leaders vs managers

Leaders vs. Managers

If you coach, train or develop people, there’s a good chance folks see you as a leader. This is particularly true for entrepreneurs who own and operate a business.

Much has been written about what constitutes being a leader. A frequent Socratic question asked of first year MBA students is: Are managers and leaders the same?

The answer is that question (at least to me) is no.

To be blunt, just because you supervise people doesn’t make you a leader. That’s not to say managers can’t be leaders. They absolutely can. I’m simply suggesting that a title alone doesn’t bestow leadership qualities.

So, how do managers and leaders differ? Here are a few things to consider, adapted from the work of Hughes, Ginnet, & Curphy, 2008:

1. Managers Administer whereas Leaders Innovate

By definition, management is the art of getting work accomplished through other people.

Leaders, however, do the same but help followers by making the tasks they do simpler through innovation. The guiding question for many effective leaders is: How can we do this better?

2. Managers Maintain whereas Leaders Develop

Folks who supervise typically are concerned with keeping departmental homeostasis. Do your job and don’t cause problems and the world will be fine.

Leaders, however, become actively involved with their people and do so in a way that helps them grow. They realize that encouraging personal development benefits the organization as a whole.

3. Managers Control whereas Leaders Inspire

“Have that report completed by COB tomorrow.” This is a typical request of a manager. In other words, supervisors often get things done because they hold inherent authority.

But that doesn’t mean the employee wants to do the work. In many cases, they do it because they have to.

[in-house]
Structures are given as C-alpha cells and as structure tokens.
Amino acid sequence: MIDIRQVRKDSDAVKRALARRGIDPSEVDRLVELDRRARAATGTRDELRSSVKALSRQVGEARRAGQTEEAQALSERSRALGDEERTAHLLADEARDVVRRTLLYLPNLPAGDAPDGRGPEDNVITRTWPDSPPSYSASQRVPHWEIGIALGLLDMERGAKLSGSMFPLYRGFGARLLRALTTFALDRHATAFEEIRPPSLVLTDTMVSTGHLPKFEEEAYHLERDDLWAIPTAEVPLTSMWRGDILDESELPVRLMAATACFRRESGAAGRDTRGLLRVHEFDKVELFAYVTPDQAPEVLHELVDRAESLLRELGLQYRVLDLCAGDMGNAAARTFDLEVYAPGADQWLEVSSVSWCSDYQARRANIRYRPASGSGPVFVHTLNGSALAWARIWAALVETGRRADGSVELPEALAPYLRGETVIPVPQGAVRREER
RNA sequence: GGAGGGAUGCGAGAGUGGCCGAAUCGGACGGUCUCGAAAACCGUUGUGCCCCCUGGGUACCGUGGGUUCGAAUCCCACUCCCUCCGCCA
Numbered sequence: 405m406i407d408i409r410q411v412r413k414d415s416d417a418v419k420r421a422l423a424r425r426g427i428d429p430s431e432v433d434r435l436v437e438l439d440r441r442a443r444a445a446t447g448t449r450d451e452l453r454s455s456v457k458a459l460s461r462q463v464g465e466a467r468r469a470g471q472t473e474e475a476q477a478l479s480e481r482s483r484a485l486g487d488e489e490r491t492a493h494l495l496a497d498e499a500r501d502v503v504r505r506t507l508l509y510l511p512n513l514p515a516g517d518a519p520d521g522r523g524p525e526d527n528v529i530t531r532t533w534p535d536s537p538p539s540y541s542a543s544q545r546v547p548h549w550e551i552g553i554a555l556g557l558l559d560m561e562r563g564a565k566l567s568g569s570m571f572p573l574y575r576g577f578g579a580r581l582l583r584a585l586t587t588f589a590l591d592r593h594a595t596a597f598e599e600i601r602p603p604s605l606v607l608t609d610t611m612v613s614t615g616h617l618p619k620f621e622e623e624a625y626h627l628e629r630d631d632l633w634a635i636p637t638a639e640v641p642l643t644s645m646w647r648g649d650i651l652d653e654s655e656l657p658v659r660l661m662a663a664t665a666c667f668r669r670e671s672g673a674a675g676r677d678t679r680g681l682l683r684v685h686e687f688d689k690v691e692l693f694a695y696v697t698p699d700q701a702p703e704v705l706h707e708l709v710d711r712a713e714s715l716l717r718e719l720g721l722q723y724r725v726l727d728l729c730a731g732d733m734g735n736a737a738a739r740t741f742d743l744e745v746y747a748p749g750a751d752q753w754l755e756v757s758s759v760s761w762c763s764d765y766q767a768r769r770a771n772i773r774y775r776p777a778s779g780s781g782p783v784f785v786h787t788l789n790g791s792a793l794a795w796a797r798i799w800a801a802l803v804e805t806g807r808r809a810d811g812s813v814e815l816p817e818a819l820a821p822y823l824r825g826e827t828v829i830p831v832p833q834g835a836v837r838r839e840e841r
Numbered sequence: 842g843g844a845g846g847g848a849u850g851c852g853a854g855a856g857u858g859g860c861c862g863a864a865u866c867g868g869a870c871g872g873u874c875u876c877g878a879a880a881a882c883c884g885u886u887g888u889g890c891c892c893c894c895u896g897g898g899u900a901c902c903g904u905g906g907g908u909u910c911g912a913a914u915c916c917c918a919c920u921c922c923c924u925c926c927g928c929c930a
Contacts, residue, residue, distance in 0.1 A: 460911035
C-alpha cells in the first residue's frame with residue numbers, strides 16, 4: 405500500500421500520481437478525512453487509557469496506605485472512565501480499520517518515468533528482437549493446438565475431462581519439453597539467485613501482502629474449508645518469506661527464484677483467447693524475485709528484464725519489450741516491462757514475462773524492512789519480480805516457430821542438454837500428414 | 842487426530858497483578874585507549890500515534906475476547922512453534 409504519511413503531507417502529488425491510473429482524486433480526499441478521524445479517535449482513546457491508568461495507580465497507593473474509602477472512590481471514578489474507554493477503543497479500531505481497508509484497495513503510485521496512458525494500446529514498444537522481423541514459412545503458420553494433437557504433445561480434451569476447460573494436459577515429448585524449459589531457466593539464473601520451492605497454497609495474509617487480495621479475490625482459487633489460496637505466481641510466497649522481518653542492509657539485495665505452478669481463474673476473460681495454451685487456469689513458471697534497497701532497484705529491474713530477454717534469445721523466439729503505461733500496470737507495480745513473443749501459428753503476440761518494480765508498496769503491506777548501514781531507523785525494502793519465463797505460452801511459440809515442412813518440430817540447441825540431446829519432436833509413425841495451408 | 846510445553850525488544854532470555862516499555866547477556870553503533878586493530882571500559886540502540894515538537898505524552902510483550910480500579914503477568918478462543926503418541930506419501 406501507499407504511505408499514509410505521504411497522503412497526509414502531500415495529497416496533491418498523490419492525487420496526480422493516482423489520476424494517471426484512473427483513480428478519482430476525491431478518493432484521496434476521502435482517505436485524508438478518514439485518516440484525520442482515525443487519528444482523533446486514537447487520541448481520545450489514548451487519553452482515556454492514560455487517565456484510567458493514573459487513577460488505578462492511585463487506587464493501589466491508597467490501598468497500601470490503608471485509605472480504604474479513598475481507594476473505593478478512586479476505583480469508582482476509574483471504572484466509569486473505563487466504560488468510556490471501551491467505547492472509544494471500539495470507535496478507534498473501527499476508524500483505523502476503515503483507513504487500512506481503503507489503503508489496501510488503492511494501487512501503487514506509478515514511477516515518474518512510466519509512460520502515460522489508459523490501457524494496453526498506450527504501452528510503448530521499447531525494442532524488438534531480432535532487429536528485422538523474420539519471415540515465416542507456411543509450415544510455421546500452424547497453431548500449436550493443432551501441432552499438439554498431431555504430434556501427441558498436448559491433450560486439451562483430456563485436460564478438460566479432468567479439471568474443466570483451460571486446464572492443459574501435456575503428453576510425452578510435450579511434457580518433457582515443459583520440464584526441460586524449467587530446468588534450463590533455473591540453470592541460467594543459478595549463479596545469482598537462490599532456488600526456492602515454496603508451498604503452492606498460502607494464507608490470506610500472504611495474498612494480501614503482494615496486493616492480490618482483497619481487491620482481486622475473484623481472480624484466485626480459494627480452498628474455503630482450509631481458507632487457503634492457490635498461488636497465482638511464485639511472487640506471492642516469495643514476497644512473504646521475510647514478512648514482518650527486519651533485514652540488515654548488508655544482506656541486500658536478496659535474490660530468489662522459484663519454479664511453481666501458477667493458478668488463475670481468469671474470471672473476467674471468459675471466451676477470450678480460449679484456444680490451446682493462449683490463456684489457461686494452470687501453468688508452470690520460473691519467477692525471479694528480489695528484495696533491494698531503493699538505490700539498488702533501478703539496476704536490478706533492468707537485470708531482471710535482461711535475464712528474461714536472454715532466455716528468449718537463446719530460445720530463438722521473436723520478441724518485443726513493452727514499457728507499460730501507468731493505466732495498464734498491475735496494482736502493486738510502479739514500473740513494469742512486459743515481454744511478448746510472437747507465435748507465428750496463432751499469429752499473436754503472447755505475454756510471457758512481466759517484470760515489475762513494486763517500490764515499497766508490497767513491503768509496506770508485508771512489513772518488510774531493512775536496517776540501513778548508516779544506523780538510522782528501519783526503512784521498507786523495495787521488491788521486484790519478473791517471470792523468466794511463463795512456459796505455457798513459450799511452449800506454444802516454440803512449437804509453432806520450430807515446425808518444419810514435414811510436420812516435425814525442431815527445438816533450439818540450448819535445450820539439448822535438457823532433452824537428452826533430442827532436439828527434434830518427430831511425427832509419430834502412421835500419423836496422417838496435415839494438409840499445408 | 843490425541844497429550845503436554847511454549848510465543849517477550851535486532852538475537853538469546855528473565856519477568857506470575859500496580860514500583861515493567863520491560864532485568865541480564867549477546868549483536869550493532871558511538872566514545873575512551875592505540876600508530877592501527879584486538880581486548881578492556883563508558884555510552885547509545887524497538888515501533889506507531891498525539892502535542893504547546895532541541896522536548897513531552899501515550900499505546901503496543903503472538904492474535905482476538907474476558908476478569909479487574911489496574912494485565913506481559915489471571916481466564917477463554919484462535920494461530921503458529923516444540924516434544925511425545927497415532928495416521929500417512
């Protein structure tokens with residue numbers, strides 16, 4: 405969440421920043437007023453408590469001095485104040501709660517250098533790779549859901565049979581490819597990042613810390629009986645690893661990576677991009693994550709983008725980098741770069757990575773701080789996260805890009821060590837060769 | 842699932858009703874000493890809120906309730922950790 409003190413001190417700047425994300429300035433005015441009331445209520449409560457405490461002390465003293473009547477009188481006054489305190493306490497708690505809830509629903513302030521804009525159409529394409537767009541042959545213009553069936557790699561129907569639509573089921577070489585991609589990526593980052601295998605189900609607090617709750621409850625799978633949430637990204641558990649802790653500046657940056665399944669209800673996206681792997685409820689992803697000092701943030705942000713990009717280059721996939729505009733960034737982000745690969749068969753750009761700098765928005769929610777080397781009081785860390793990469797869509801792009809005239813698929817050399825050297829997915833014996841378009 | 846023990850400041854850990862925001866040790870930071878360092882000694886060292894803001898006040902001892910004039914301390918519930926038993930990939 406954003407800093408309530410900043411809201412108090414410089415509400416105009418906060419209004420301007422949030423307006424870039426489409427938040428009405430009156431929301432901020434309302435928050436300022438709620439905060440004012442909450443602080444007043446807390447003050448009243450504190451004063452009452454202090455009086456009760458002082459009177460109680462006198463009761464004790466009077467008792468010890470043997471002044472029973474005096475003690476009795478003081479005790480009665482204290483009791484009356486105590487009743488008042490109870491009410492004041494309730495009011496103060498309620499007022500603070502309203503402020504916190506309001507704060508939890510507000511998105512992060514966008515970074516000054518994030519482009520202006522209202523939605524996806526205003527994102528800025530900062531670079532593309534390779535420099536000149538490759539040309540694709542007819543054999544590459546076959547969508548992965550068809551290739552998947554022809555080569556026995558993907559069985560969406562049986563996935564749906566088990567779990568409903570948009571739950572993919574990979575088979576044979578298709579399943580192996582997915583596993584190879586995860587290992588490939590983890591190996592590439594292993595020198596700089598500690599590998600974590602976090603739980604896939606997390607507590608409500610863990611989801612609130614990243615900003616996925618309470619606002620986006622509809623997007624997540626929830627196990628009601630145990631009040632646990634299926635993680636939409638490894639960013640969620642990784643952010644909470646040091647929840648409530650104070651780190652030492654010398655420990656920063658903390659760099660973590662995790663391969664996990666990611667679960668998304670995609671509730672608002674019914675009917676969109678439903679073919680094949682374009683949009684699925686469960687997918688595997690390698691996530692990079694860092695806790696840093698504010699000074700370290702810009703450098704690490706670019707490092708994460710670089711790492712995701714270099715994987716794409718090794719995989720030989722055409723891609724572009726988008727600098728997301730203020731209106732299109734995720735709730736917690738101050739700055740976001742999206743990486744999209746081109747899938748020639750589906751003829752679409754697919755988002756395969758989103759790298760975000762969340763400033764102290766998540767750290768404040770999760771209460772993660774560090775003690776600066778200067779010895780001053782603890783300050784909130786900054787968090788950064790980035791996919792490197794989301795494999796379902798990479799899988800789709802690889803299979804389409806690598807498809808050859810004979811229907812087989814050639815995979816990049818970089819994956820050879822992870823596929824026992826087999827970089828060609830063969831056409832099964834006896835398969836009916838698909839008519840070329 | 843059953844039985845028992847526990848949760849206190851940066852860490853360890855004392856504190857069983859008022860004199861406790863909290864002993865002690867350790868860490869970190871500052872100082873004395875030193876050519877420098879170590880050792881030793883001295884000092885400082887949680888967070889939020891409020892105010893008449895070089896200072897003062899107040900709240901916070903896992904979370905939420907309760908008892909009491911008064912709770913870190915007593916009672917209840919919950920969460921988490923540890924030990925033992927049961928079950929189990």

Leaders, on the other hand, motivate action through inspiration. Followers naturally accomplish tasks (even mundane ones) because they’ve bought into a tangible vision of the future.

That vision is set by the leader.

President Kennedy is a good example of an inspirational leader who also was transformational. People followed him because they liked and trusted him.

4. Managers Have Short Term Goals whereas Leaders Long Term

Many managers have short term goals that are often linked to economic gain. In fact, that’s what management by objective (MBO’s)are all about.

Leaders, however, look at the long view (multi-year) with an eye on organizational growth. They typically ask the question: Where do I want this company to be in five years? Ten years?

5. Managers Ask How and When whereas Leaders Ask What and Why

People who manage others are deadline driven. For them, knowing how something needs to be done and when it needs to be completed is critical.

For leaders, particularly visionary types, the questions are much more esoteric. In short, leaders want to know what the organization is involved with and why it is necessary.

6. Managers Imitate whereas Leaders Originate

A trait that is fairly straight forward. Managers often try to emulate someone they admire, hoping to vibe out their traits and characteristics.

Leaders, however, are secure in who they are and naturally broadcast their personality, which is usually warm, intuitive and charismatic.

7. Managers Accept the Status Quo whereas Leaders Challenge it

Folks who supervise others typically live by the mantra, “That’s the way we’ve always done it around here.”

Leaders, which are typically agents of change, often challenge the status quo mentality. Deep inside, they know that for an organization to grow, change is critical.

Wrap Up

After reviewing the 7 differences between managers and leaders listed above, which traits most closely describe you?

If the answer is leader and you want to grow your skills, I encourage you to learn all you can about this topic.

A great book to consider on this front is: The Mindfulness Edge: How to Rewire Your Brain for Leadership (see review).

Thanks for stopping by!

References

Hughes, R., Ginnet, R., & Curphy, G. (2008). Leadership: Enhancing the lessons of experience. Chicago: McGraw Hill.